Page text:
It was late summer 1991, I remember the buzz surrounding this new alternative band that all my friends were talking about called Pearl Jam. I grew up in small town Northern Ontario and the only radio station in town, although multi-genre, would never play anything by a band like Pearl Jam so I took a leap of faith and bought their debut album…Ten. I was hooked, I loved everything about it. The sound, the lyrics…everything it was, at the time anyway, groundbreaking. On Sunday night Eddie Vedder, Stone Gossard, Jeff Ament and Dave Krusen took me and about 15,000 other fans on a trip down memory lane at Canadian Tire Centre in Ottawa.
The show started with the house lights still on and only midway through “Lightning Bolt” did the lights go out to reveal flashing lightning bolts on the back of the stage. From that moment on not a single seat was used in the arena for at least the next hour.
It wasn’t all pomp and circumstance for Pearl Jam, Vedder took to the stage wearing a shirt that said “Every Mother Counts”, in honour of Mother’s Day, and told the audience that Donald Trump running President, the fires in Alberta and Canada not having a team in the Stanley Cup Playoffs feels like the end of the world.
The energy and intensity with which Vedder can perform at 51 is unmatched. It came as no surprise that there were numerous short breaks in the nearly 3 hour set. It was cool hearing Vedder setup some of the songs and tie them to current events. At one point Vedder returned to the topic of the fires in Alberta, “We’ve been watching intently about what is going on down in Fort McMurray, down in Alberta and hopefully some of this weather coming might help with the situation.” he goes on to say that “unless you are suffering a real tragedy like those in Alberta and someone ask how you are you should say you are great. The next song is about realizing that sometimes things are actually good.” Which lead the band into “I Am Mine” followed by “Evenflow”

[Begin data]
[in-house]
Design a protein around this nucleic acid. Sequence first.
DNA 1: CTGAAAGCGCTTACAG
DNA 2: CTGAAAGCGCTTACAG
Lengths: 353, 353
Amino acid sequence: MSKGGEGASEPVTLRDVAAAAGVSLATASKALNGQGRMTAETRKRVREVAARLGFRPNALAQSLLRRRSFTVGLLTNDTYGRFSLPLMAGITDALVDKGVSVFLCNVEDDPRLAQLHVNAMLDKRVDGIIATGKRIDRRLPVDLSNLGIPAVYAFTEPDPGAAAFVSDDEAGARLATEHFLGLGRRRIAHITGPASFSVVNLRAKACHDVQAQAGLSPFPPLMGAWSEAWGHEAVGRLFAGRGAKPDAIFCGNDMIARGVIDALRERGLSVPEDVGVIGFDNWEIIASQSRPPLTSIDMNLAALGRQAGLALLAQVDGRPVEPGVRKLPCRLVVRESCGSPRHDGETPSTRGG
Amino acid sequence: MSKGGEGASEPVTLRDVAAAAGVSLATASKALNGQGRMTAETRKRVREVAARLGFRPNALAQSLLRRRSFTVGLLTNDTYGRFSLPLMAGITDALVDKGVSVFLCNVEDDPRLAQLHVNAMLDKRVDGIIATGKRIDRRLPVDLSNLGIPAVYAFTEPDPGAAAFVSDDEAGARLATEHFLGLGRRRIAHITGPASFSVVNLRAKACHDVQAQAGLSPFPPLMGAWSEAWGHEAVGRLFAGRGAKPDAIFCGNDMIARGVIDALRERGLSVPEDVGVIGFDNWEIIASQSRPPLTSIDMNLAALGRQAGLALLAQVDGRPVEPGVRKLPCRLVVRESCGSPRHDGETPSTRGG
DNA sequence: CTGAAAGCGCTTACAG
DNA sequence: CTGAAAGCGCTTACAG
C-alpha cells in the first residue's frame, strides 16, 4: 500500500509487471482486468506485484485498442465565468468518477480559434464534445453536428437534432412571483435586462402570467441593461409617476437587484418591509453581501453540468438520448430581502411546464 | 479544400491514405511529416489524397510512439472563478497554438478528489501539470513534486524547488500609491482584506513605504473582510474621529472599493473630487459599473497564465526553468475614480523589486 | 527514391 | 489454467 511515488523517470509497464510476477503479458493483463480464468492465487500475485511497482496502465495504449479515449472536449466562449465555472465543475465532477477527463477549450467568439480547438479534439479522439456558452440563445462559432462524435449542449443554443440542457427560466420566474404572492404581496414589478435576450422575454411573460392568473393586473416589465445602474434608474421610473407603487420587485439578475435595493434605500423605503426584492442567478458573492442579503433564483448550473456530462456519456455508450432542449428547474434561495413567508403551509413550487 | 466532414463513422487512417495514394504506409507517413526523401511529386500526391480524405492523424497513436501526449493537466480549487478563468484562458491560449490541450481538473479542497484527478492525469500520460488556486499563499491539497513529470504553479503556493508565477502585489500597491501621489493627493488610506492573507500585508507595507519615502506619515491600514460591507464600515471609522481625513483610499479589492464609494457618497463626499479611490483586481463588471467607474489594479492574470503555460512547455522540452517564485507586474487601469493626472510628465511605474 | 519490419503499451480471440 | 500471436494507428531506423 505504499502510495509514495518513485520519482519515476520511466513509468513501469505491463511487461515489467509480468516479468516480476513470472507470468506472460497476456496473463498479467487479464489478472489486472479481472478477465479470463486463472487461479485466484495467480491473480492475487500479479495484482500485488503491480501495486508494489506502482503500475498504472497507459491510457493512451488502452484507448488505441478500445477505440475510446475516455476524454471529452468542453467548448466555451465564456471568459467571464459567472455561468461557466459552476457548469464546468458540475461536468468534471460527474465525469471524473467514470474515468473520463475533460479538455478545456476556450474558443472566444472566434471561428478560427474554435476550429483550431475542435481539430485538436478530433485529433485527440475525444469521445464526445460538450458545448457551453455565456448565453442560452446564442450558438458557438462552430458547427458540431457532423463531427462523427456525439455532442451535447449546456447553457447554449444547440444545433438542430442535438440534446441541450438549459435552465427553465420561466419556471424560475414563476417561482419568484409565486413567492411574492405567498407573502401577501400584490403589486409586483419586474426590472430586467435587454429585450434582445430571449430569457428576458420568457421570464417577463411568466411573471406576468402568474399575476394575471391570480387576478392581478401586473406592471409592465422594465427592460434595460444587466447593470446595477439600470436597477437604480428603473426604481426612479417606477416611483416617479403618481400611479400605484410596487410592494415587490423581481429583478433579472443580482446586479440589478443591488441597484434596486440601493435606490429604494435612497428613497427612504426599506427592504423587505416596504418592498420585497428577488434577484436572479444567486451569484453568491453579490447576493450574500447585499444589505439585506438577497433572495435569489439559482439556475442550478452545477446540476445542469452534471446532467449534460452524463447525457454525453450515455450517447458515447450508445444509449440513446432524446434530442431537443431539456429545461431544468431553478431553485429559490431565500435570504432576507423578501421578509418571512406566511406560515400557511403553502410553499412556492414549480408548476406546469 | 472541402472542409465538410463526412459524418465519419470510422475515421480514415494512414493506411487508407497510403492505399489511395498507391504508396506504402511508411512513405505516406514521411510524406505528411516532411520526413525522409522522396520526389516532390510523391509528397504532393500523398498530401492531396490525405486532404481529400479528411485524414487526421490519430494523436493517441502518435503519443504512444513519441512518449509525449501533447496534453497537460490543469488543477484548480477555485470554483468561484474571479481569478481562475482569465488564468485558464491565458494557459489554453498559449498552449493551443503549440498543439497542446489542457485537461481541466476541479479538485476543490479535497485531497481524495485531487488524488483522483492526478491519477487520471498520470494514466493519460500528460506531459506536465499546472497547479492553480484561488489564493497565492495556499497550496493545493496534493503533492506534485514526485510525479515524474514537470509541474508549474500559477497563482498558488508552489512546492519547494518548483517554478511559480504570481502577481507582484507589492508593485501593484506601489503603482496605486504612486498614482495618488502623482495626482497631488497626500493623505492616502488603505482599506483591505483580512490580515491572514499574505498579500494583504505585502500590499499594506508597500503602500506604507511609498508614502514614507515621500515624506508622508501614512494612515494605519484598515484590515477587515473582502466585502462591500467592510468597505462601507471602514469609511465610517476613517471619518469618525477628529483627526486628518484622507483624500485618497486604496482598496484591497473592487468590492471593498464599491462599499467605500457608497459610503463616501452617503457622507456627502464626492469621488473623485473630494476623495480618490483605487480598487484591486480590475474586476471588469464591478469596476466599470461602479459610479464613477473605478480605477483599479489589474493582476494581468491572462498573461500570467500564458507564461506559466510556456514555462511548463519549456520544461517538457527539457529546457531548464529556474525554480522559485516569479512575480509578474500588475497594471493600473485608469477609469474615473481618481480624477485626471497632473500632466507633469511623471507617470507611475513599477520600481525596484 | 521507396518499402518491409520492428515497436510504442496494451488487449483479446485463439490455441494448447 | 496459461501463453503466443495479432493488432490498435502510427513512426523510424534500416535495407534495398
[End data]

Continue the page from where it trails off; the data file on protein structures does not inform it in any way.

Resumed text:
After the first encore break Vedder told the crowd, as I’m certain he says everywhere he plays, “I swear on my passport that this might be the best sounding building on the tour, and we are getting near the end.” He tells the crowd that it’s a special show as his brothers are in the audience “Do you know how many wrong notes those guys had to listen to while we were growing up?” Again leading into a song he told a story about a news story his brother may have misheard about a theft involving five million bees “On mother’s day I think this is what a great mom would tell her little girl. It is called “Bee Girl.””
After “Bee-Girl” the full band returned to the stage and performed “Speed of Sound”, a song Vedder said they haven’t been playing but felt the room sounded right so they decided to give it a try. A few more songs and then one final break after which the band closed out the night with an acoustic verse of U2’s “All I Want Is You”, “Wasted Reprise”, “Life Wasted”, “Black”, “Alive” (worth noting that this brought the already supercharged crowd to a whole new level, they sang along so loudly I’m certain Prime Minister Trudeau could hear them downtown) and finally Neil Young’s “Fuckin’ Up”.
I have to say, even though I didn’t follow Pearl Jam as closely after Ten, I was beyond thrilled that they sounded equally (if not even a little bit better) live than I could ever have imagined! What more can a music fan ask?
There’s still a few chances to catch Pearl Jam on their current tour although tickets to their remaining dates are hard to come by. Tomorrow the group sets up residence at the Air Canada Centre in Toronto for two shows, May 10 and 12 (the original May 11 show had to be rescheduled to the 12th due to the Raptors’ postseason success).
Following Toronto Pearl Jam will take a short breather before regrouping to perform at a few festivals starting with Bonnaroo on June 11, then Telluride, CO for Ride Festival and then back to Canada for the Pemberton Music Festival in BC in mid-July.